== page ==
This study analyses Mexico´s agrarian structure and the different forms of property rights applied to the country´s 196.7 million hectares of land. The need to consider all of the different forms through which land is transferred is due to the existence of numerous legal instruments that regulate property size and the rights of foreigners to own rural land in Mexico. The study also addresses the issue of contract farming. While not directly concerned with the land market, contract farming is a mechanism that allows national and international capital to gain control over large tracts of land by establishing agreements with producers that capture their production or by establishing themselves as a single marketing channel. Mining concessions are also addressed, given their sharp increase and also their tremendous social and environmental impact. Over the last decade, the mining concessions on rural lands have increased significantly and have generated conflicts with landowners. The study also addresses the issue of budget allocations for the rural sector, which have primarily benefited agribusiness and well-capitalised producers. In other words, subsidies have favoured the concentration of land in both direct and indirect ways. Finally, the study looks at the perceptions of rural actors.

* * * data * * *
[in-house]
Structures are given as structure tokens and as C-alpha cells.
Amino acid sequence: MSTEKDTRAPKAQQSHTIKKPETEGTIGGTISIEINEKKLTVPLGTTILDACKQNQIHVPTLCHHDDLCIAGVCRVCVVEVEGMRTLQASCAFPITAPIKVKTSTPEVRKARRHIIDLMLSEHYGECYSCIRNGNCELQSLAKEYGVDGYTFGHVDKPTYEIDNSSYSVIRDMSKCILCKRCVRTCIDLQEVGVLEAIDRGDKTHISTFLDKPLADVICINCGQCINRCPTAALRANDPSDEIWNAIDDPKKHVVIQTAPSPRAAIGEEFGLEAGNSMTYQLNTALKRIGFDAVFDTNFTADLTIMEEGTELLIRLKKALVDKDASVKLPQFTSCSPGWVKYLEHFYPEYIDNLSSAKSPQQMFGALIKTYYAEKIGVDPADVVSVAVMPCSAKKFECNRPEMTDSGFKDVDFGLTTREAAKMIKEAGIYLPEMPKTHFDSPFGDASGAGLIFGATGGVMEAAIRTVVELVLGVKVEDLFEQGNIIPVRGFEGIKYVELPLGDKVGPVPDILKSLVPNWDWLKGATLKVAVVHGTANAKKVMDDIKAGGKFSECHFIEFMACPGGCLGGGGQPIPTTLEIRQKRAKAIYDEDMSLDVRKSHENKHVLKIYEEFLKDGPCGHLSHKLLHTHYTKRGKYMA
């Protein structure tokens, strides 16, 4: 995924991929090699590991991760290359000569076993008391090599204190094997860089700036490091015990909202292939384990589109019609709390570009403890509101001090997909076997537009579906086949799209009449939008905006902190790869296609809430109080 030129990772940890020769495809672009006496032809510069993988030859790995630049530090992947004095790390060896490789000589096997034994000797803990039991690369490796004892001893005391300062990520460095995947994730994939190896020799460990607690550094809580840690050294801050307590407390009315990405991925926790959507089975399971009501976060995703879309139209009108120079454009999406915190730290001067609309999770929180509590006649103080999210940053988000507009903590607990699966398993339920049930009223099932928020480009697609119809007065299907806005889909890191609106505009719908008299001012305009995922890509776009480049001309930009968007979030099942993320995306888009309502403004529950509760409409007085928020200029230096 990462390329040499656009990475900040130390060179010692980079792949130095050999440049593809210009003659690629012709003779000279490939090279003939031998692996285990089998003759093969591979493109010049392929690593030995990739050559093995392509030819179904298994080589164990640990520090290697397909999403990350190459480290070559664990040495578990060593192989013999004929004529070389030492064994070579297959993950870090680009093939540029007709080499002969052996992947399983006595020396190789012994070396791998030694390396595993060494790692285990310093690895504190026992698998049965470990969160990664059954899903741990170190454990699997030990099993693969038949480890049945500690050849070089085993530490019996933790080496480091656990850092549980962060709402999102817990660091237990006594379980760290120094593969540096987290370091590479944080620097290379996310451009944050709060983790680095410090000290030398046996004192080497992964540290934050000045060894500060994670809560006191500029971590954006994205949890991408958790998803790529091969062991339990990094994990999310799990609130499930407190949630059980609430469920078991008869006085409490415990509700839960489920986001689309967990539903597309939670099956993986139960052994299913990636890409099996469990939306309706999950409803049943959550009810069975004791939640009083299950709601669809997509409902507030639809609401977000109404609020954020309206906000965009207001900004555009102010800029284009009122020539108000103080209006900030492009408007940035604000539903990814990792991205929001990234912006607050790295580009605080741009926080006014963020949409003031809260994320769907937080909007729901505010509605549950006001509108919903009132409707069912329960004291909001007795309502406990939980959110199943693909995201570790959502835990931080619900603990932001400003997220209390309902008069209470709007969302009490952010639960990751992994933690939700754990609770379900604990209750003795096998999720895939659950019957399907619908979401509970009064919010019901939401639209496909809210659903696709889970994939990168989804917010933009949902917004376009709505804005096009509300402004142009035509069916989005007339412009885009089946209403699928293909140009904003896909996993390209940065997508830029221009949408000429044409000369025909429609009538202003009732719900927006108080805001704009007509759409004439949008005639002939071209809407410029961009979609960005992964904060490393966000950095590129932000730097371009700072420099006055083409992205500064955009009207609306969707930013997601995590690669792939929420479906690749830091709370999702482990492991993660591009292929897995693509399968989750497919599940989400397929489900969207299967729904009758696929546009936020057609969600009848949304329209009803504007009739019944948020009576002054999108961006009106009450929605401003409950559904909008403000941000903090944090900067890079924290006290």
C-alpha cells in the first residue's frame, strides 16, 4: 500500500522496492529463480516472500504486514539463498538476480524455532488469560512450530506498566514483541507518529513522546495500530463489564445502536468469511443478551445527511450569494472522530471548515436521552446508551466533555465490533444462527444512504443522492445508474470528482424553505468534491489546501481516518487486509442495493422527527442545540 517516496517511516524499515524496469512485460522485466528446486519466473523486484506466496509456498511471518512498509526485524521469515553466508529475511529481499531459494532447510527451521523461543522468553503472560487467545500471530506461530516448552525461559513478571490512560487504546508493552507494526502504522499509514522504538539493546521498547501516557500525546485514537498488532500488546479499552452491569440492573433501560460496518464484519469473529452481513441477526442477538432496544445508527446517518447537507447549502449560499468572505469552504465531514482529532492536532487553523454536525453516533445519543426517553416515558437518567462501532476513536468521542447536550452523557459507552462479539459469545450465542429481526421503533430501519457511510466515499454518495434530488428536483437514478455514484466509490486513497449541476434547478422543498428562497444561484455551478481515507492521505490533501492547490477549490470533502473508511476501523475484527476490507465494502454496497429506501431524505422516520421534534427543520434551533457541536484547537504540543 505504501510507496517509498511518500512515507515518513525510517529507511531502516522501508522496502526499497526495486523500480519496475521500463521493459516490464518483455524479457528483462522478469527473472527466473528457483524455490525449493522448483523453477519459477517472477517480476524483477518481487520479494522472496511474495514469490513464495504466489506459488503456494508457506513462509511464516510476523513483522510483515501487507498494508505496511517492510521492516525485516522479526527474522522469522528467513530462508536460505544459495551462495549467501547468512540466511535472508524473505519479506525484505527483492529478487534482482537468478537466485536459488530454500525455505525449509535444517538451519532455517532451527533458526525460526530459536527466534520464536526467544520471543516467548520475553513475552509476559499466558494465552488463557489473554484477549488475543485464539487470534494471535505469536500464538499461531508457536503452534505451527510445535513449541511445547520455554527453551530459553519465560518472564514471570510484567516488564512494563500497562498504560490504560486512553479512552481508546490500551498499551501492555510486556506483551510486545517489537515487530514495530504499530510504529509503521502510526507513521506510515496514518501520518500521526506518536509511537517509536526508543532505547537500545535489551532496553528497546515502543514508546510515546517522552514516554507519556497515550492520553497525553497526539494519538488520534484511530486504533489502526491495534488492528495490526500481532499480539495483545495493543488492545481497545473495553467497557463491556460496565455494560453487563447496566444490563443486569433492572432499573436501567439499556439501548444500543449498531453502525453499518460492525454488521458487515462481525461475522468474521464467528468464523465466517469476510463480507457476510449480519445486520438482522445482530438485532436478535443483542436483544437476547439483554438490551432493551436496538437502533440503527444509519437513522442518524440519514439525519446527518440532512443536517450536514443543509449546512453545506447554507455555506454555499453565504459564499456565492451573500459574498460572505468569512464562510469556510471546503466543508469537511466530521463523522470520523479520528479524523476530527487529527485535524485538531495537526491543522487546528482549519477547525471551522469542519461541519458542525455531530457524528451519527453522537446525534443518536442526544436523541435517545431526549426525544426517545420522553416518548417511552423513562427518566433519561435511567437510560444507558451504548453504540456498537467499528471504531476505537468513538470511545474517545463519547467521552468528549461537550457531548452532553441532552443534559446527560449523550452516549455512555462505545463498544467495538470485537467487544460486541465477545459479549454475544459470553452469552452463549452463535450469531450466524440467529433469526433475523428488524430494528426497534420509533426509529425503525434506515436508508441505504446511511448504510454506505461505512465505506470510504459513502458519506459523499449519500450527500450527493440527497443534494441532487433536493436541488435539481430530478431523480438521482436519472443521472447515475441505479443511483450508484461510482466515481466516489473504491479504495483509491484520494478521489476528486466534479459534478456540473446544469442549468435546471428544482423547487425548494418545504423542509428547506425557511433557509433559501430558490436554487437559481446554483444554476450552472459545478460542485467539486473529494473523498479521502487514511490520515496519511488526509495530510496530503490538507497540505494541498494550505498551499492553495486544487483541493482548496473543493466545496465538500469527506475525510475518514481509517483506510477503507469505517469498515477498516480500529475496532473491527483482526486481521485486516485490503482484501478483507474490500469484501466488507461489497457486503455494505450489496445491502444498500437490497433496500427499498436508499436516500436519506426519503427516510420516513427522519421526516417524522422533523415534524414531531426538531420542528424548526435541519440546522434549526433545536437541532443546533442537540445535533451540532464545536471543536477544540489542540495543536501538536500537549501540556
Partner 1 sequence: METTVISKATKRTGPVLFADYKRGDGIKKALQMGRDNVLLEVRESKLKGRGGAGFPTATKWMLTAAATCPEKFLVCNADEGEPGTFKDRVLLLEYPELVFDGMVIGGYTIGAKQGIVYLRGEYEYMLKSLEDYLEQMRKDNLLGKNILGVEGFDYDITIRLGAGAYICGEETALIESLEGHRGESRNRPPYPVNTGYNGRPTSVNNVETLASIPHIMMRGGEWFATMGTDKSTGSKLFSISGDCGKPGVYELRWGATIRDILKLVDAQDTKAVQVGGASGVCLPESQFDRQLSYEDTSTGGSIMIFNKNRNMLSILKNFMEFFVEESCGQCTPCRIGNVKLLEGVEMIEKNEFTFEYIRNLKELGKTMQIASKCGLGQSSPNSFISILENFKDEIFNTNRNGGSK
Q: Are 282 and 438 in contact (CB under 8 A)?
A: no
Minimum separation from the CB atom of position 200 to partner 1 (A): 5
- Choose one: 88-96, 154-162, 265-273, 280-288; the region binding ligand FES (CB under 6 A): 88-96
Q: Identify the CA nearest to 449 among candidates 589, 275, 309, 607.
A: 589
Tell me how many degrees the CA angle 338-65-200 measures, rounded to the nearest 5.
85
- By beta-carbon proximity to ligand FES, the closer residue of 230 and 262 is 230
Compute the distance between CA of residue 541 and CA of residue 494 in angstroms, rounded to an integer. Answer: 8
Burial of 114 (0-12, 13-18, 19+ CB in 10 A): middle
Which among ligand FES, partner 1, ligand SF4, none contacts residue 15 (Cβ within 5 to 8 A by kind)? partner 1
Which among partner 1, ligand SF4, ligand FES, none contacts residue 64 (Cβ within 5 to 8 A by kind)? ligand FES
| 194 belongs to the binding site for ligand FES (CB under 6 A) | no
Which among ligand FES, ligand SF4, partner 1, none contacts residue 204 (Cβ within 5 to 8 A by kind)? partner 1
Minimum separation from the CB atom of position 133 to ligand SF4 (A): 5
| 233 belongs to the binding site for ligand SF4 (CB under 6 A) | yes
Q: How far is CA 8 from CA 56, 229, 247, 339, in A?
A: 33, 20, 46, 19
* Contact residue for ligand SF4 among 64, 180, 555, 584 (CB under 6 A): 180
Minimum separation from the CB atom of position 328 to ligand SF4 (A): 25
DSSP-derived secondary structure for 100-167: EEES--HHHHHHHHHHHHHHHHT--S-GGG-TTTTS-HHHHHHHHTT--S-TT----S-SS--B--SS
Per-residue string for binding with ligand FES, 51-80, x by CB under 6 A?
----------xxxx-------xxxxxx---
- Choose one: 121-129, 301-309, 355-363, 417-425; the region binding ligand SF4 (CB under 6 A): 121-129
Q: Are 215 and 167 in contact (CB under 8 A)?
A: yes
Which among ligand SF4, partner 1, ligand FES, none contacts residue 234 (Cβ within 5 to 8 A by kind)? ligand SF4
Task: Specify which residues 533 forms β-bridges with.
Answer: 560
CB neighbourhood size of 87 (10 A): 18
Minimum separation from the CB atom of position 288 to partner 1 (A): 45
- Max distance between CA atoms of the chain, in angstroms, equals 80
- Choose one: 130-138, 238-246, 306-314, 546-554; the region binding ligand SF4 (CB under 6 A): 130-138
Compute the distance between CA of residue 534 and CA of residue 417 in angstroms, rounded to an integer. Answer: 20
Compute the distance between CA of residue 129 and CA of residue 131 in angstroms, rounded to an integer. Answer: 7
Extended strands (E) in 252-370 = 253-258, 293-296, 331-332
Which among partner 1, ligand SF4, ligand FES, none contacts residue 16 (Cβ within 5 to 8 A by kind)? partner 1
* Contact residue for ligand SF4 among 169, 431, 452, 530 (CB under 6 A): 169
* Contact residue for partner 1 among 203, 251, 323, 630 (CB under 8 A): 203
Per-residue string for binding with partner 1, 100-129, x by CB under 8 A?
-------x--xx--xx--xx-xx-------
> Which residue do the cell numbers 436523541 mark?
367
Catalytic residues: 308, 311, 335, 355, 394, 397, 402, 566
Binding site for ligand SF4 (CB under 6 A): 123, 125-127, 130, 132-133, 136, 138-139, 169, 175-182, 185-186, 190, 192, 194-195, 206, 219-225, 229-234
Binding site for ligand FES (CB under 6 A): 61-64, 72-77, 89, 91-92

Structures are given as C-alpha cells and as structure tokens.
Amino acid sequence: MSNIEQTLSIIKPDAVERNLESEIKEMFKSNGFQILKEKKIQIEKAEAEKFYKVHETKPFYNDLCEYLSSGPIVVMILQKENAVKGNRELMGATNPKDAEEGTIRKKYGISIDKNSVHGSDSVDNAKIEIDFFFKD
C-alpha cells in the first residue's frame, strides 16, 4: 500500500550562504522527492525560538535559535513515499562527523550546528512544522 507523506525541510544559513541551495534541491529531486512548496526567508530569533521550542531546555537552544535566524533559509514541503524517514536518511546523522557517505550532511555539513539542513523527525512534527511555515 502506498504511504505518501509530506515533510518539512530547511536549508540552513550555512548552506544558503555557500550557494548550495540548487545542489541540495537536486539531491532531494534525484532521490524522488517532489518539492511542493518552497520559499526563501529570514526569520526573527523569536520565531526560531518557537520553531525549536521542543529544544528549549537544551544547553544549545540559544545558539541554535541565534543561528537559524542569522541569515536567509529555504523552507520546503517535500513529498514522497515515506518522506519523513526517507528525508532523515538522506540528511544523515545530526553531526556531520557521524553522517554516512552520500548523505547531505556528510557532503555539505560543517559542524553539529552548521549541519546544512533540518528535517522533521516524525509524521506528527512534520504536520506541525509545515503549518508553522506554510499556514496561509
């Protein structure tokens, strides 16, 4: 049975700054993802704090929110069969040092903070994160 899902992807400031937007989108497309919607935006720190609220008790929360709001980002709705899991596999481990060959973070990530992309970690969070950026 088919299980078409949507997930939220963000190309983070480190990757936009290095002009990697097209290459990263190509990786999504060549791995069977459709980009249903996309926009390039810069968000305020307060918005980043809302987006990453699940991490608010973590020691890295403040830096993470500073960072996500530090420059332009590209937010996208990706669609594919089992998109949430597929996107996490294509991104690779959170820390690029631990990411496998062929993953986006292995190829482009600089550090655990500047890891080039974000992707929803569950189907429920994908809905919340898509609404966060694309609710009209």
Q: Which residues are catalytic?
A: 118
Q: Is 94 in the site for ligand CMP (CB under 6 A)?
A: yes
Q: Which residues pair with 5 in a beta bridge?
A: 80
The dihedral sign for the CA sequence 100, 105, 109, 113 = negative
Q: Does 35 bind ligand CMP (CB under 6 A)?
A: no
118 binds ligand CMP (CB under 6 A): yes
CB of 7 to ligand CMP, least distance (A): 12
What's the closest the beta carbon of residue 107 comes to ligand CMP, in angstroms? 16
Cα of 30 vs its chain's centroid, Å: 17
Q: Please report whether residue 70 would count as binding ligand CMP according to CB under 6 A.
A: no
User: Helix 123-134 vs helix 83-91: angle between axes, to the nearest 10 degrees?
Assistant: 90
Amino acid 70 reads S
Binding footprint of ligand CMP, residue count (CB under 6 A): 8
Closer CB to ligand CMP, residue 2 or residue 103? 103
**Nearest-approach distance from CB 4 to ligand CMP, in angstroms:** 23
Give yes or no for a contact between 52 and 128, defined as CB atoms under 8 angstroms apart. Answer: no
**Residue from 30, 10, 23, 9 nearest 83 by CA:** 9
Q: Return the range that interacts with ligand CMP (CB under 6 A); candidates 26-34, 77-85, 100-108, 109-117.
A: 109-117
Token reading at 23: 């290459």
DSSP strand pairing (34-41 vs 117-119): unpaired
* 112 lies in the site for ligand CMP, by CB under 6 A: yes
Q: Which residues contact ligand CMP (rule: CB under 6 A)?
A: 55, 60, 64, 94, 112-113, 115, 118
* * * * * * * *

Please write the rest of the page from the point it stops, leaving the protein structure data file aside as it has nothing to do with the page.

Autores: Robles Berlanga, Héctor Manuel